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EAP cover letter + application

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Joined: 18 Nov 2014
Posts: 2

PostPosted: Wed Nov 26, 2014 10:24 am    Post subject: EAP cover letter + application Reply with quote

I am planning on applying for an EAP tutor position at a London University (and other places as they come up). I get the impression that they get a lot of applications.

I have already sent them my CV in an initial general inquiry but now need a cover letter which, I have been advised, should be no more than one A4 length.

I have a TESOL, DELTA and more than 8 years off teaching experience. No real EAP experience in the UK although I taught for a year in the Gulf on a university foundation programme.

There is one post here about what to include on your CV for EAP positions. I will now be removing the personal statement from my CV!

I hate writing cover letters! I am not very good a 'selling' myself and was wondering if anyone had any tips about what to include?

Thanks in advance...
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Joined: 15 Nov 2012
Posts: 67

PostPosted: Wed Dec 03, 2014 9:13 am    Post subject: Reply with quote

Just some quick thoughts.

Start with: I am writing to apply for xxxx position. Then go into your background (work experience and quals)
Then next paragraph say why you are applying to that particular position (i.e. linking what you have done before with what you would like to do in this role)
Then next paragraph mention specific skills you can bring to the table and anything else that might be relevant (pad it out a bit)
If there's nothing else relevant have a final para summarising how your skills match what they are asking for, how you would be keen to develop your skills/experience with them, and that you look forward to the outcome of your application.

...Right that's ten quid please

Good luck!
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Joined: 18 Nov 2014
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PostPosted: Wed Dec 03, 2014 2:53 pm    Post subject: Reply with quote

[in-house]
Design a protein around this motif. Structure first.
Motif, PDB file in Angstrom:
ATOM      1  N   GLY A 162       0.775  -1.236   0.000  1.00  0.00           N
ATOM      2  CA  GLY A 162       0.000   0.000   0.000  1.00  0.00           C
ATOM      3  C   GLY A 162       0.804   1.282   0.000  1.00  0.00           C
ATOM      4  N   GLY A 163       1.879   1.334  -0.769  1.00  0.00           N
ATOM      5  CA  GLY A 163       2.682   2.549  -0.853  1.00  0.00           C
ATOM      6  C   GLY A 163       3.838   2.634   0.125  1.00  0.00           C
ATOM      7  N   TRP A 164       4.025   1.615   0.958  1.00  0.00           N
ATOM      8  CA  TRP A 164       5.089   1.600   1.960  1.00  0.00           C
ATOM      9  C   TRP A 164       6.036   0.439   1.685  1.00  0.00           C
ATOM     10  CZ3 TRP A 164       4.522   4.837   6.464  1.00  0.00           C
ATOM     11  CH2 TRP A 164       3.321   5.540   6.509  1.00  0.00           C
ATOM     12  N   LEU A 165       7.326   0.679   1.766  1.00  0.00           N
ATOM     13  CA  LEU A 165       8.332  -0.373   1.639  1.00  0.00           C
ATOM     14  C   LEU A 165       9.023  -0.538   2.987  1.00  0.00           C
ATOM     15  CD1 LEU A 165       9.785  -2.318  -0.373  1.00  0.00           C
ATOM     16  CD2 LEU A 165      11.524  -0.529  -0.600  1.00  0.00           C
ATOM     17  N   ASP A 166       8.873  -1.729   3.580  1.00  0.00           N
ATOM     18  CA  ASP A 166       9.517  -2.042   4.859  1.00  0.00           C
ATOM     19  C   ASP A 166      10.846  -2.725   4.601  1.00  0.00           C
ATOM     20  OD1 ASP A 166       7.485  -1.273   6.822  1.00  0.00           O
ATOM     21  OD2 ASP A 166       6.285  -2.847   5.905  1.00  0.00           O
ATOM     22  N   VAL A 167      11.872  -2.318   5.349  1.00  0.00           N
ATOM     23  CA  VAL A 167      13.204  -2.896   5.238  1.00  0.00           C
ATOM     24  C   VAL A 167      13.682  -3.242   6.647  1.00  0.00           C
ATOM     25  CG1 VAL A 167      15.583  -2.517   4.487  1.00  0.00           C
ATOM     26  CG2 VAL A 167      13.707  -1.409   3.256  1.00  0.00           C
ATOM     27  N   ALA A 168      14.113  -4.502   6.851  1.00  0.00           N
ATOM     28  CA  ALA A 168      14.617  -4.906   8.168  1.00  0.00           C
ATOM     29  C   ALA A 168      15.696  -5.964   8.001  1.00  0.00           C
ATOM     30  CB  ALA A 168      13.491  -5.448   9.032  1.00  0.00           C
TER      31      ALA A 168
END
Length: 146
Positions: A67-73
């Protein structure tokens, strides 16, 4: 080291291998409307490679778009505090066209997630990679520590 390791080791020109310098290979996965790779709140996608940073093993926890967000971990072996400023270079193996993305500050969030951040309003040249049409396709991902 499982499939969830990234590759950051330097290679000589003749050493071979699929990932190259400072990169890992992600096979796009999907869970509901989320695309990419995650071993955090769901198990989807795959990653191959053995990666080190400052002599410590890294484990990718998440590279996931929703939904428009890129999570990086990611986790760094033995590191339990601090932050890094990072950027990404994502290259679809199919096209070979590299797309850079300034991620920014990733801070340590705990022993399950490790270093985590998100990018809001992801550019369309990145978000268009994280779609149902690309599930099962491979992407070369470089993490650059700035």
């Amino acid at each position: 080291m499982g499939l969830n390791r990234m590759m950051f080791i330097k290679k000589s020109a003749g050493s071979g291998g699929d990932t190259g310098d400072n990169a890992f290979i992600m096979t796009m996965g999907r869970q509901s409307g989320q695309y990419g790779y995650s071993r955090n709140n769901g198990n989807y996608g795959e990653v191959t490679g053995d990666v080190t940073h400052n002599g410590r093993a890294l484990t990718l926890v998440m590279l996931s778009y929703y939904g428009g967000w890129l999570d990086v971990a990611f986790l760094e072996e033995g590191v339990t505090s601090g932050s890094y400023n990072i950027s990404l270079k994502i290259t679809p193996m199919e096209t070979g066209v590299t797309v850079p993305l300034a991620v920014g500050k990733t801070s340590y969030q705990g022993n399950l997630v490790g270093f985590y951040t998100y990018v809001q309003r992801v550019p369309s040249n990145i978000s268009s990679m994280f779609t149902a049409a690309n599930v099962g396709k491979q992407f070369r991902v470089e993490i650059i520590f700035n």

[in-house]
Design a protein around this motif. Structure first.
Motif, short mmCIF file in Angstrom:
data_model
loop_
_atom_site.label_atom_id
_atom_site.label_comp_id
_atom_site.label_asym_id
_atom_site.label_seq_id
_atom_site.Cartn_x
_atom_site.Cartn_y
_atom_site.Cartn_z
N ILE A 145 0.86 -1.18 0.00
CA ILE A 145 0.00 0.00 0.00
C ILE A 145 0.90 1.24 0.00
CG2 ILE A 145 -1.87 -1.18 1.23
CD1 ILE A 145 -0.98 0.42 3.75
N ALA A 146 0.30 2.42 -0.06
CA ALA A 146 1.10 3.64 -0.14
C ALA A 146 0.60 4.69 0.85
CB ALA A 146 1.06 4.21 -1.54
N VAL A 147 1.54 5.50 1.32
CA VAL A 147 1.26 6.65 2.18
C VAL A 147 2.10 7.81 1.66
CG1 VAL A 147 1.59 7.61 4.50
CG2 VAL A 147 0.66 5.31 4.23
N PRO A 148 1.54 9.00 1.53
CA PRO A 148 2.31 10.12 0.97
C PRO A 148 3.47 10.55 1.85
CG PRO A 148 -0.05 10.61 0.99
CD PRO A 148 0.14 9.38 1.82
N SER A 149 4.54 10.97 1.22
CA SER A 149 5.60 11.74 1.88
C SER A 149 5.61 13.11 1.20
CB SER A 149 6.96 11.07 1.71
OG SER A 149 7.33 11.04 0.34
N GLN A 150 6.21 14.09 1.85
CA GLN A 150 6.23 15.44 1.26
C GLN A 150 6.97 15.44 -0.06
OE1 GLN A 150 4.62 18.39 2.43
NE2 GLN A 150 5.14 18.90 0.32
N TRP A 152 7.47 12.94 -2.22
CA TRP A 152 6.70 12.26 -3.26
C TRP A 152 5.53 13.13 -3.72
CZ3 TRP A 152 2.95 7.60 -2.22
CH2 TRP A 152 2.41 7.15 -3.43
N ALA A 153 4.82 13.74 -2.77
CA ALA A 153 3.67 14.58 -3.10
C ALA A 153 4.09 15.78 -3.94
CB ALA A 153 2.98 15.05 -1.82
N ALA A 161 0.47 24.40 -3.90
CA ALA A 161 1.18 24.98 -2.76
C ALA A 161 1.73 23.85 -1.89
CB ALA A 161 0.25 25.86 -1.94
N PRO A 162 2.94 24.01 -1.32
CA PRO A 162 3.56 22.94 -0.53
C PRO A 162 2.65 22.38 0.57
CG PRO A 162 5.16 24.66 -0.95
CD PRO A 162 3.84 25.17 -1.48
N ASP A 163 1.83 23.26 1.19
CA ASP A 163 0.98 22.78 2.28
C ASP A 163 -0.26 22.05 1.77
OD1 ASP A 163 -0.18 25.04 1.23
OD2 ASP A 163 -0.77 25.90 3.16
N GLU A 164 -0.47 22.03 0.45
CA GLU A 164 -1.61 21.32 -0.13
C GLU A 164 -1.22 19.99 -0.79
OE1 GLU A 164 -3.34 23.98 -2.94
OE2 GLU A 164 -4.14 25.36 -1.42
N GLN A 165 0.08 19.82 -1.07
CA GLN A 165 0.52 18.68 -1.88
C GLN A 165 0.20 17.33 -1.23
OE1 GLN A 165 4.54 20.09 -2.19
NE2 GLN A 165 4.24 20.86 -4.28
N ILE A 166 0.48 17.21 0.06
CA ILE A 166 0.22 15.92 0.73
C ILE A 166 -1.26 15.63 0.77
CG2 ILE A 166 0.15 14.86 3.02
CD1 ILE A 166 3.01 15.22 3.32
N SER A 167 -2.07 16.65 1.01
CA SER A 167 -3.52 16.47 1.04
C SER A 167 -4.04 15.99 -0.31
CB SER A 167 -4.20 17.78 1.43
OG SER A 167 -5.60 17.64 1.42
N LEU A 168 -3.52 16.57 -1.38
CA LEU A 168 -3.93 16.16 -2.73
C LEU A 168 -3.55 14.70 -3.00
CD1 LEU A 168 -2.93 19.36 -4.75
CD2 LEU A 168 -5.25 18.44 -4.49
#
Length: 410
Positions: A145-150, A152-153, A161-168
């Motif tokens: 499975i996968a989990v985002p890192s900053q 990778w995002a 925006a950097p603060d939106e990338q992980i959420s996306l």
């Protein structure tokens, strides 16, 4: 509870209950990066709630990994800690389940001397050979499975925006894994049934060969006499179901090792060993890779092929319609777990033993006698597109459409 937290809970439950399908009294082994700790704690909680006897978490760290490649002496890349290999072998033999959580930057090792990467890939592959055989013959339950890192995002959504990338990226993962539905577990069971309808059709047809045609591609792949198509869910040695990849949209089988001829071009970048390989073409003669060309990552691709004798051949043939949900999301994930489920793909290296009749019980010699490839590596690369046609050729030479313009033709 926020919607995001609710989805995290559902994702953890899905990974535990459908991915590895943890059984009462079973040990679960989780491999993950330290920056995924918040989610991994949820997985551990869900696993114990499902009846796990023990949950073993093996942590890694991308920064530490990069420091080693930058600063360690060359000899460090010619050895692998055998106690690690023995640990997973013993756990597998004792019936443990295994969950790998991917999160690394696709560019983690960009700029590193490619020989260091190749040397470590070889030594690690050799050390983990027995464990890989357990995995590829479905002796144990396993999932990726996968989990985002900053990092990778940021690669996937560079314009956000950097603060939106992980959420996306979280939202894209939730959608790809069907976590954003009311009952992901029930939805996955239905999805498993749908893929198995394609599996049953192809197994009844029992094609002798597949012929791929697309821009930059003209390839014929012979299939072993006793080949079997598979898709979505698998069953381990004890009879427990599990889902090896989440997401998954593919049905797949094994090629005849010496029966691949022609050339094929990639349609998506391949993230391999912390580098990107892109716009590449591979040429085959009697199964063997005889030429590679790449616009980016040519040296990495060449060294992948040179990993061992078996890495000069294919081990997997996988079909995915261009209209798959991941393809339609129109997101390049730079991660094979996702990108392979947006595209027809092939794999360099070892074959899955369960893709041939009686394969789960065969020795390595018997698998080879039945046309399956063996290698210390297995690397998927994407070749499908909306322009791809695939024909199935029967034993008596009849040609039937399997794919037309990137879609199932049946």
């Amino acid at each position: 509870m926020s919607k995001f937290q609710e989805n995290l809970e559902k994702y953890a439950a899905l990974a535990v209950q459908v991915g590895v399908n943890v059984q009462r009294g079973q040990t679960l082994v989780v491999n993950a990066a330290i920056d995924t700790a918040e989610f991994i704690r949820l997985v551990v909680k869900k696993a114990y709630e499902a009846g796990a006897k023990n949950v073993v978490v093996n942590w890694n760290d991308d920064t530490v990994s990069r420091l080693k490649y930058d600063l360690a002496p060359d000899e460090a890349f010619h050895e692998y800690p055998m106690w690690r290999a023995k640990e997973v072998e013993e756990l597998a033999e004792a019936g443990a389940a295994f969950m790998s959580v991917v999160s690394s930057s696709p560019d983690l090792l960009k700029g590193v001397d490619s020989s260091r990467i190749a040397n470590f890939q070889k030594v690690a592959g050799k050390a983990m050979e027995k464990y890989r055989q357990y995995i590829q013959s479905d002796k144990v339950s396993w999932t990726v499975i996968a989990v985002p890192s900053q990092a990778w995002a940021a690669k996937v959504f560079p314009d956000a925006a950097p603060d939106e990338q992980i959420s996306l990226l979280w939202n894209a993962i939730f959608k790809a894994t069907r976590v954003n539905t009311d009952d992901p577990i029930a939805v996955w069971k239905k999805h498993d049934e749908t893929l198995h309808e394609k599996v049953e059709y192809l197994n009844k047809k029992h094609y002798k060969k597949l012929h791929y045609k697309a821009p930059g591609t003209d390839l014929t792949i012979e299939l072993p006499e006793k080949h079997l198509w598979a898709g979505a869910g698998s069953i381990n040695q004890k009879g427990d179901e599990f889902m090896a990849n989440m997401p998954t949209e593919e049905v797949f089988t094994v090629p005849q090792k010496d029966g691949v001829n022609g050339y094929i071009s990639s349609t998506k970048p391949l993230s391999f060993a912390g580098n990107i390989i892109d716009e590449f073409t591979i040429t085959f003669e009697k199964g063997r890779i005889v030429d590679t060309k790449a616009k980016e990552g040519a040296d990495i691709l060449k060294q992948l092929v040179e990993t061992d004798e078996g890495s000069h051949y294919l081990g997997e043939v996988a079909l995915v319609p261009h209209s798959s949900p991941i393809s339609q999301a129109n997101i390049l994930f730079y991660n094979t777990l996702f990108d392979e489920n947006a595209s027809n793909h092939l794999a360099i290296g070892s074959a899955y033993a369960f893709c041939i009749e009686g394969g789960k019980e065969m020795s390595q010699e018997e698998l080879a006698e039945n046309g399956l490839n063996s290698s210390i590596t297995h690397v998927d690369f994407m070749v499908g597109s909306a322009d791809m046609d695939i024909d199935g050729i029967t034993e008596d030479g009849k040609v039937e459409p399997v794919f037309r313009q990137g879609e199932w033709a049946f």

Thanks very much. Now I just have to stop procrastinating.

Tenner is in the virtual post...
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Joined: 13 Jun 2010
Posts: 61

PostPosted: Thu Dec 04, 2014 10:18 pm    Post subject: Reply with quote

Hi mlf2 - that was me that wrote the post about the EAP CVs...

For what it's worth, here is my take on cover letters - although, and I hope this goes without saying, this is just *my* take on it - I'm sure other employers will vary in terms of what they think:

1. CVs are for data: where you worked when, your qualifications, etc... Repeating that stuff in a cover letter is redundant and annoying.

2. So, the cover letter is so we can figure out who you are and where you're at. Where are you with your professional life? Where do you want to be? Why do you want to move into EAP? Are you planning on sticking around, or is this a short-term thing to fill in the gaps? Are you planning on doing a masters/doctorate?

3. It's not good to hire someone who's not good - getting rid of someone and replacing them mid-course is a total nightmare. In a sense, and I realise this sounds a little paranoid, the point of a cover letter (and interview) is to reassure us that you are not incompetent, crazy, or both. For someone like you, I would want to know that...

a) You are not just a TEFL teacher who's heard that there's more money in EAP. What is it about EAP that you already know, and what interests you about teaching it?

b) You are interested in professional development. If you don't have a masters, indicate that you are going to start one. A DELTA is a good start, but DELTA+MA/MEd is great.

c) You can write well (please don't use this post as a bench-mark - it's late and I've had a couple of glasses of wine! Smile )

d) If the department in question has a background in research, then you should have at least a peripheral interest in that.

e) If the university in question is a prestigious one, don't bang on about how much you'd like to work for an 'esteemed organisation such as [ours]', etc.. It sounds creepy, and makes it seem as if what you most want is to boast about where you work.

As the previous poster mentioned, if you have any background experience which is related to the courses that the institution offers (if, say, they do a foundation programme for Business Studies - and you've worked in corporate environments) then definitely mention that. I would also talk about your experience with the foundation programme that you worked on - show what you know about EAP already, however little it is.

As I think I mentioned in my other post, cliches like "I am passionate about motivating my students" and "I realise that teaching has always been my calling" don't help. They aren't informative, and imply (ironically) a kind of laziness.

To be honest, when interviewing people, one of the biggest things that is running through my mind is "Can I actually work with this person?" - as in, "Would I be happy sharing a work-space with them every day?". It might sound unprofessional, but one of my biggest concerns has always been about how they come across as a person. As soon as an applicant starts to appear even a little bit weird, aggressive, pretentious or [insert negative personality trait] then I start getting really reticent. For that reason, I'd pay careful attention to the wording that you use - anything that might even hint at you coming across as even the slightest bit odd is a definite no-no.

Good luck!
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